Now that I have a better understanding of where countries actually fit on the globe, a notion of how immense and far apart some of those countries are, and a rudimentary knowledge of how currents work, I know that a bottle would have to do some serious work to end up on a beach where folks could actually find it.
It could just as easily end up inside a whale’s stomach, or smashed on a rocky outcropping.
People still seal up those bottles, however, trusting their message will end up in the right hands: hands attached to a body with a brain that speaks and reads the language they’ve written in, and a heart that cares enough to get in touch.
Unfortunately, the odds of a bottle’s success at sea are so distant they’re nearly impossible to quantify.
Over the years, I’ve worked with hundreds of people to help them articulate their values and vision in the form of brand messaging. Together, we’ve figured out:
Who they are
What they do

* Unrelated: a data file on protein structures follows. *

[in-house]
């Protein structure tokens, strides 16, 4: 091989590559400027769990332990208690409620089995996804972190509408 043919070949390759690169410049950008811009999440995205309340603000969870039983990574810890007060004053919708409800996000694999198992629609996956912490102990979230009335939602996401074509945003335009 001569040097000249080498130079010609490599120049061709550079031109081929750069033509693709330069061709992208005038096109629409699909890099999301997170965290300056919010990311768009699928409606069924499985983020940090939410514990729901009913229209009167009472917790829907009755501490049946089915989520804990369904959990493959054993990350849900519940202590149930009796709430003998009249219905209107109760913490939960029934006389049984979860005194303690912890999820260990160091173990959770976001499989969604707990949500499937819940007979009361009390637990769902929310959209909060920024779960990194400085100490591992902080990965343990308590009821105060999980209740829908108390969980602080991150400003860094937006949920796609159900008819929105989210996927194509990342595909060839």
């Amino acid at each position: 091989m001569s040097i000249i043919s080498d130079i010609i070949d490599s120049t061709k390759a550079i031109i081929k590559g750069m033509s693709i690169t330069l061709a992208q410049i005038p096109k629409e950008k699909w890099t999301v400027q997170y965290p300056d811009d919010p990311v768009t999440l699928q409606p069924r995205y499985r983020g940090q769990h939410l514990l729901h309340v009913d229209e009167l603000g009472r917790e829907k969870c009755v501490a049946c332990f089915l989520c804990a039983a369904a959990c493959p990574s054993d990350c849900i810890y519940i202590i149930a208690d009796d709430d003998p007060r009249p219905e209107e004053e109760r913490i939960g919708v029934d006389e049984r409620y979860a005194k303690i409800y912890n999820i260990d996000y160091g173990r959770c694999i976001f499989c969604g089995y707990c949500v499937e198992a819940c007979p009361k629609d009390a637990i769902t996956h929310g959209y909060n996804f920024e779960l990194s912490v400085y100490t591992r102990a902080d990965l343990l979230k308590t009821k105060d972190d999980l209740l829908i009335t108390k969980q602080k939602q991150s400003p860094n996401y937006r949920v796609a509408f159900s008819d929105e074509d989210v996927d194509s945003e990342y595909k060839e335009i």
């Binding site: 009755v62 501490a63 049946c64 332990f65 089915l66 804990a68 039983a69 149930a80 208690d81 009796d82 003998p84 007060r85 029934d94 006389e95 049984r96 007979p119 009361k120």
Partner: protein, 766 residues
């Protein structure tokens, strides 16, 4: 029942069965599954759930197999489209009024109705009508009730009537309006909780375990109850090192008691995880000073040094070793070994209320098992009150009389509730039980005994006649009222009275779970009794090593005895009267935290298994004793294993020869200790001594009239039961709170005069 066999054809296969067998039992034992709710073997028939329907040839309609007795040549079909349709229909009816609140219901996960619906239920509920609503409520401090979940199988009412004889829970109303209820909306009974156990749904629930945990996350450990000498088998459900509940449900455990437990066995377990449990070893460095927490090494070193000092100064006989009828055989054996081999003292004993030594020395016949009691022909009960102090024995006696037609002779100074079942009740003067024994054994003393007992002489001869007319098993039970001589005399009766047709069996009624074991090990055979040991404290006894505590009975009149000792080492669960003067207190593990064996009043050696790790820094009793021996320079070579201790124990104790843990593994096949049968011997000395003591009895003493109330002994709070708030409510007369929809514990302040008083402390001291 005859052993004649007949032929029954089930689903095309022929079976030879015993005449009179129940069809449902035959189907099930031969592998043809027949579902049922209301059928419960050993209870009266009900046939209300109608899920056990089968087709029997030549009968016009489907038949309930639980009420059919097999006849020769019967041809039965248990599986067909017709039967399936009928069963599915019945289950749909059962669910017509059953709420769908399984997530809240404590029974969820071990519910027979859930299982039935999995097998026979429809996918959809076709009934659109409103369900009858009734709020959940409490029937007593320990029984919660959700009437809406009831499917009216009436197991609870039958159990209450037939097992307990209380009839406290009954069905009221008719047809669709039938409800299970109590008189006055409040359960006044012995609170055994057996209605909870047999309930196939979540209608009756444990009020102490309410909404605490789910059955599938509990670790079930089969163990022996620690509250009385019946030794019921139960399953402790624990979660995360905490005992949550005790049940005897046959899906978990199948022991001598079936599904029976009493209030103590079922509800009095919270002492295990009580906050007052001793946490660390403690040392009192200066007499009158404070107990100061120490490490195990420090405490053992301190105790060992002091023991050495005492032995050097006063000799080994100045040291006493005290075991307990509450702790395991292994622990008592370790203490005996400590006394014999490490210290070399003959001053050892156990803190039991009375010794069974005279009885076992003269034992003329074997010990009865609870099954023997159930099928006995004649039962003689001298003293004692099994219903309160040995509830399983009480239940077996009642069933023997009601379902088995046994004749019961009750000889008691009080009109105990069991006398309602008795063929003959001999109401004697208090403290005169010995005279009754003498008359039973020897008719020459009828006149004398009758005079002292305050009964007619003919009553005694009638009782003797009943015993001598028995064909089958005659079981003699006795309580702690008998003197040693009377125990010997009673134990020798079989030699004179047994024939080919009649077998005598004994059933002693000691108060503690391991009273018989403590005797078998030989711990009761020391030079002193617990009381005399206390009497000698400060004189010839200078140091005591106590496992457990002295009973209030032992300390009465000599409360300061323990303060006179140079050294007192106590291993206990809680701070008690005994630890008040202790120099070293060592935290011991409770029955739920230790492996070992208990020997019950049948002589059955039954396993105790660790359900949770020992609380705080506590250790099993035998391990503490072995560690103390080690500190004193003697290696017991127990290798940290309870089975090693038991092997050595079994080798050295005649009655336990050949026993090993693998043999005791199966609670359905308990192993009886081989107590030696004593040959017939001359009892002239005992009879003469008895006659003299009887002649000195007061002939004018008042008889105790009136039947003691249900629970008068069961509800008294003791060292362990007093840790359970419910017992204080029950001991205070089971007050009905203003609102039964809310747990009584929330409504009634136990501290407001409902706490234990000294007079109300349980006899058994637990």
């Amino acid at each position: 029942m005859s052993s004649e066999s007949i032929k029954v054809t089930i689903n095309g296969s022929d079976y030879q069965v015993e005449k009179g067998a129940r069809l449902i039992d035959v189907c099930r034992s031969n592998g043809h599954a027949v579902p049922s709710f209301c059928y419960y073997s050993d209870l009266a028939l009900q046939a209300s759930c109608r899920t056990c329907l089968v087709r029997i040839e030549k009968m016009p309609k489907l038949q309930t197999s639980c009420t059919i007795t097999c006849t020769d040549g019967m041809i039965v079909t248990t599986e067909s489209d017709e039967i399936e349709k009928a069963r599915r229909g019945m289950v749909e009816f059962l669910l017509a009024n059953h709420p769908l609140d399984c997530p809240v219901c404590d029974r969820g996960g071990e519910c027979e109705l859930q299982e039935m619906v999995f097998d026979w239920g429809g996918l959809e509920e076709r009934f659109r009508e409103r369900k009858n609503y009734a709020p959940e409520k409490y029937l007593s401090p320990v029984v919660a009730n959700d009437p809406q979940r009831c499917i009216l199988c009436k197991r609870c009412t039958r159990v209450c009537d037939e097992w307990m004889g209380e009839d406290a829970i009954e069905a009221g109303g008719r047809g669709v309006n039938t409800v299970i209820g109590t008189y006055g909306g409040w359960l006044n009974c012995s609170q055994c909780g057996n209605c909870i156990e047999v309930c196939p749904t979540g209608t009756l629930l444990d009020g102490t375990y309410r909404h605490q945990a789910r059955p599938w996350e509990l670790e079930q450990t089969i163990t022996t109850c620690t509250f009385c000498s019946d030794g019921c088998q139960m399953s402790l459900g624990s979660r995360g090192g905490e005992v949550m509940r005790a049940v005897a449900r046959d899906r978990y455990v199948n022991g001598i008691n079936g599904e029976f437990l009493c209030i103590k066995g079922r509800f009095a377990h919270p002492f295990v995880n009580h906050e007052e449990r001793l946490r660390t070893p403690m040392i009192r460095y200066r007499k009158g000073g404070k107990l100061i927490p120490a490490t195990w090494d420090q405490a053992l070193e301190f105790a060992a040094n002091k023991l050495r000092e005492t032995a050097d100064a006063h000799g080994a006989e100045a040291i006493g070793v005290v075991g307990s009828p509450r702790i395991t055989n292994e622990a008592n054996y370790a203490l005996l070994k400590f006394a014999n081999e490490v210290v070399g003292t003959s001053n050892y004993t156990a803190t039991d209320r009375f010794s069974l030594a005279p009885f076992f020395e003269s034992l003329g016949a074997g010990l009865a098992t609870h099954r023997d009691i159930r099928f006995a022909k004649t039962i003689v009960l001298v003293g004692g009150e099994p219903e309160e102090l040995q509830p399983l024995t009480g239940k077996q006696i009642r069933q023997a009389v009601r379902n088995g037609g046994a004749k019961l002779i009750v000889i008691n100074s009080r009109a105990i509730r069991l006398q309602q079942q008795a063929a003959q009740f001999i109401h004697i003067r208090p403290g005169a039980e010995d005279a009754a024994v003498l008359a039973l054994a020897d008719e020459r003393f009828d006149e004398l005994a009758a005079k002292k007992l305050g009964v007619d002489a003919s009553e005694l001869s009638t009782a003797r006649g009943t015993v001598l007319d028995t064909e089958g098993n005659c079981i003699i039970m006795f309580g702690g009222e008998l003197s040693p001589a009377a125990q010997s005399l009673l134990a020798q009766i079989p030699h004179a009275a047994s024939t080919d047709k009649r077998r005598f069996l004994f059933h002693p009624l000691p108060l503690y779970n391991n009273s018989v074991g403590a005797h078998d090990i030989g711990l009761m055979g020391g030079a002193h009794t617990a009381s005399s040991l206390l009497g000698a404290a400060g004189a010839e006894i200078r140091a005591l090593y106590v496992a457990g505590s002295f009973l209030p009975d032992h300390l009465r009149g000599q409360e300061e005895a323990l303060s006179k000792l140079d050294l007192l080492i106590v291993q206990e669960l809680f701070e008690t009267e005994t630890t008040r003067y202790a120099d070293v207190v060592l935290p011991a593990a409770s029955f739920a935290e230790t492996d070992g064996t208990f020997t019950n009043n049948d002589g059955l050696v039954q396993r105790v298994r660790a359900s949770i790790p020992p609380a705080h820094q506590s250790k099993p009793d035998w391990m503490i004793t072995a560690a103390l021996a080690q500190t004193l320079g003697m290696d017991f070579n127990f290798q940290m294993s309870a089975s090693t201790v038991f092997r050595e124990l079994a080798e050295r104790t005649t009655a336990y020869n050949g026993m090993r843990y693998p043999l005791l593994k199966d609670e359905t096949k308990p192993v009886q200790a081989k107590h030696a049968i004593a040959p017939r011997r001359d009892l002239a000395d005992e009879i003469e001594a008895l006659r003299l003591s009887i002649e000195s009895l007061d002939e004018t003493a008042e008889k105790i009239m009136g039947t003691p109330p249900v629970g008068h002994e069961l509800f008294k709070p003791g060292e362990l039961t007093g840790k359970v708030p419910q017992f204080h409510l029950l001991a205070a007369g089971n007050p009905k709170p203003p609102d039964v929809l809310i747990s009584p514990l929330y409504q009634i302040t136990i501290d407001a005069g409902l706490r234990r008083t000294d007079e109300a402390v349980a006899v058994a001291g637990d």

Why they do it
Who they do it for
Why it matters
Why it matters to specific audiences
What we want those audiences to think
What we want those audiences to do
… and how to say it all in a coherent and compelling way.
It seems like it should be easy to do, on one hand: who knows more about you than you do?
On the other hand, well… most of us don’t know how to talk about ourselves.
Even when we come up with an “elevator speech” (or a “lobby speech” or even a “parking garage speech”) to cover most of the bases with some clarity, we’re not sure what to do with it. Can we just recite it to anyone who asks? Put it up in an actual elevator?
Even if we’ve done the yeoman’s work (that poor yeoman) of getting past the elevator speech to a more broad and deep set of messages (covering our areas of focus, our values, etc.) we’re still not quite sure how to turn them into things like website copy or brochure text or tweets… or even words to emblazon on a blimp.